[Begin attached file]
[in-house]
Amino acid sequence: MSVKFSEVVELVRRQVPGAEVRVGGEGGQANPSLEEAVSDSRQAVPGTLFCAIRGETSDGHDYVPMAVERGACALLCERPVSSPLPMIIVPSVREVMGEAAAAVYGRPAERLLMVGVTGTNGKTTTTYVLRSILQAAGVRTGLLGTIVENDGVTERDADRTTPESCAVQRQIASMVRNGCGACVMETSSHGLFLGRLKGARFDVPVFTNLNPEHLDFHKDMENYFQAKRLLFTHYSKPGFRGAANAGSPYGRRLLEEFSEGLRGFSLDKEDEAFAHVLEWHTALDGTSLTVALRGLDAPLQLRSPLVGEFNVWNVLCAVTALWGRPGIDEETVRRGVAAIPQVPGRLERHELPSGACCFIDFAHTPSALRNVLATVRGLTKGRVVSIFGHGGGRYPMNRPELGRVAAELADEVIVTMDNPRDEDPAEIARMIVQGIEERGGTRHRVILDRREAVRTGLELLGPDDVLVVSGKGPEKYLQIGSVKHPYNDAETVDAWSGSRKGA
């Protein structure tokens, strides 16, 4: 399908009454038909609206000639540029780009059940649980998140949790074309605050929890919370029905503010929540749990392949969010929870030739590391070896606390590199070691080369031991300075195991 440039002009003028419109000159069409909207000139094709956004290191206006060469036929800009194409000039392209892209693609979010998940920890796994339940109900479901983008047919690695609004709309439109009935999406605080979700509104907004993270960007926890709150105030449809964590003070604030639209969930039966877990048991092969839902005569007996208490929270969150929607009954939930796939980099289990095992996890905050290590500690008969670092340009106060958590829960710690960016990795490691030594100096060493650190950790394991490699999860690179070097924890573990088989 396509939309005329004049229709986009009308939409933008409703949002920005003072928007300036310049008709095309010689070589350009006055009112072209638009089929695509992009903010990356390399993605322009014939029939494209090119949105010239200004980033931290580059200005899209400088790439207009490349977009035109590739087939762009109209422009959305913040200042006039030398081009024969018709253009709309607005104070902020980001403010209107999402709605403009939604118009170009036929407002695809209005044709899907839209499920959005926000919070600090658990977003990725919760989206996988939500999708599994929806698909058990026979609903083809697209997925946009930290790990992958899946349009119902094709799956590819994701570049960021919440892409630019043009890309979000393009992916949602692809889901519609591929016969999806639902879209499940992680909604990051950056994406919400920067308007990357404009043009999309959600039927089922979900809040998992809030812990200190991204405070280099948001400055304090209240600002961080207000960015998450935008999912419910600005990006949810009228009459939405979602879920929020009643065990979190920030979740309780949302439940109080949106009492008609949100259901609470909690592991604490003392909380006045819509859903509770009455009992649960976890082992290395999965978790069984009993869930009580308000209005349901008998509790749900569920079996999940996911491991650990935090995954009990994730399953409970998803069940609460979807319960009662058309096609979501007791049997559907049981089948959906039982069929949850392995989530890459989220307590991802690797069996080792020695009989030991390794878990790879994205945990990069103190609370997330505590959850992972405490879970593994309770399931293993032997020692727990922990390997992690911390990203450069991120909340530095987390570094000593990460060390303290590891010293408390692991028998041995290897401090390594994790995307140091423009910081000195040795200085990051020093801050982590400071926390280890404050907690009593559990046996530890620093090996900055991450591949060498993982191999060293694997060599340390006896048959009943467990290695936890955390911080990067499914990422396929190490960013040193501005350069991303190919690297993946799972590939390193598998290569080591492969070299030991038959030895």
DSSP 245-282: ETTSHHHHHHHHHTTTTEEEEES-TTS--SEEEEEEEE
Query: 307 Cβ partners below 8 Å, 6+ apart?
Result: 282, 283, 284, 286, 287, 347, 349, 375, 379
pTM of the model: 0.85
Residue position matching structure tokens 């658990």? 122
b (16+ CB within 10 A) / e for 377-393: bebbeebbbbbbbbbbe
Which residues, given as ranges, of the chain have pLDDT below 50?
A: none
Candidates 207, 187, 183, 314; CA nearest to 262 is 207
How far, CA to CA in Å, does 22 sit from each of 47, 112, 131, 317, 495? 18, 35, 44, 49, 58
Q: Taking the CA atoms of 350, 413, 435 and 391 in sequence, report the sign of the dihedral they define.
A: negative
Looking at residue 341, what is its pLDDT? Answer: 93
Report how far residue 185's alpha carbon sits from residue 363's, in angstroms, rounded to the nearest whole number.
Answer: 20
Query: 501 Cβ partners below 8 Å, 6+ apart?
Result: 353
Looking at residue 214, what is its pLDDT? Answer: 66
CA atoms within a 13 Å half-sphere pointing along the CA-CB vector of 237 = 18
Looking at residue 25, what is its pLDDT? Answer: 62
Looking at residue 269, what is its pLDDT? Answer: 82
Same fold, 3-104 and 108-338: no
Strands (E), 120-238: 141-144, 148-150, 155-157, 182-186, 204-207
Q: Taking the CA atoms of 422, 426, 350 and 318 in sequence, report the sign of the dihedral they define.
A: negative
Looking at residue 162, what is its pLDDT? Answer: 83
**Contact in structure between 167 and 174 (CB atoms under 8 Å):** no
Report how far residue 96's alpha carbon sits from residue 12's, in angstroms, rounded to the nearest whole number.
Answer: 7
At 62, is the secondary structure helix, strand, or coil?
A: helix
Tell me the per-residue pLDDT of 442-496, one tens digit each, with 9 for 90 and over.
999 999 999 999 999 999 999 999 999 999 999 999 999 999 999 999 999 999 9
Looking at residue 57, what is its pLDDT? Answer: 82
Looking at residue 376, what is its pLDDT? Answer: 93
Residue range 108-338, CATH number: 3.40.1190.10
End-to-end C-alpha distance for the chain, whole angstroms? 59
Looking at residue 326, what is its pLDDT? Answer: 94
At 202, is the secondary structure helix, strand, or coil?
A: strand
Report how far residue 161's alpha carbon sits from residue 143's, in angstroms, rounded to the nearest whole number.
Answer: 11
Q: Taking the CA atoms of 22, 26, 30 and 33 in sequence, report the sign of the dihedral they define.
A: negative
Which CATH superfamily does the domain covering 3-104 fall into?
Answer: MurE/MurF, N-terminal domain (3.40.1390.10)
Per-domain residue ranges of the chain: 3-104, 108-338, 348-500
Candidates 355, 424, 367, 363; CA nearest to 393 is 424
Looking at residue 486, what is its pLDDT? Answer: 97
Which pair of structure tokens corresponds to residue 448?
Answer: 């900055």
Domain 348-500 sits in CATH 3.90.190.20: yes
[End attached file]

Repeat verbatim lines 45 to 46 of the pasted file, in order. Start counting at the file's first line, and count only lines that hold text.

Answer: 11
Q: Taking the CA atoms of 22, 26, 30 and 33 in sequence, report the sign of the dihedral they define.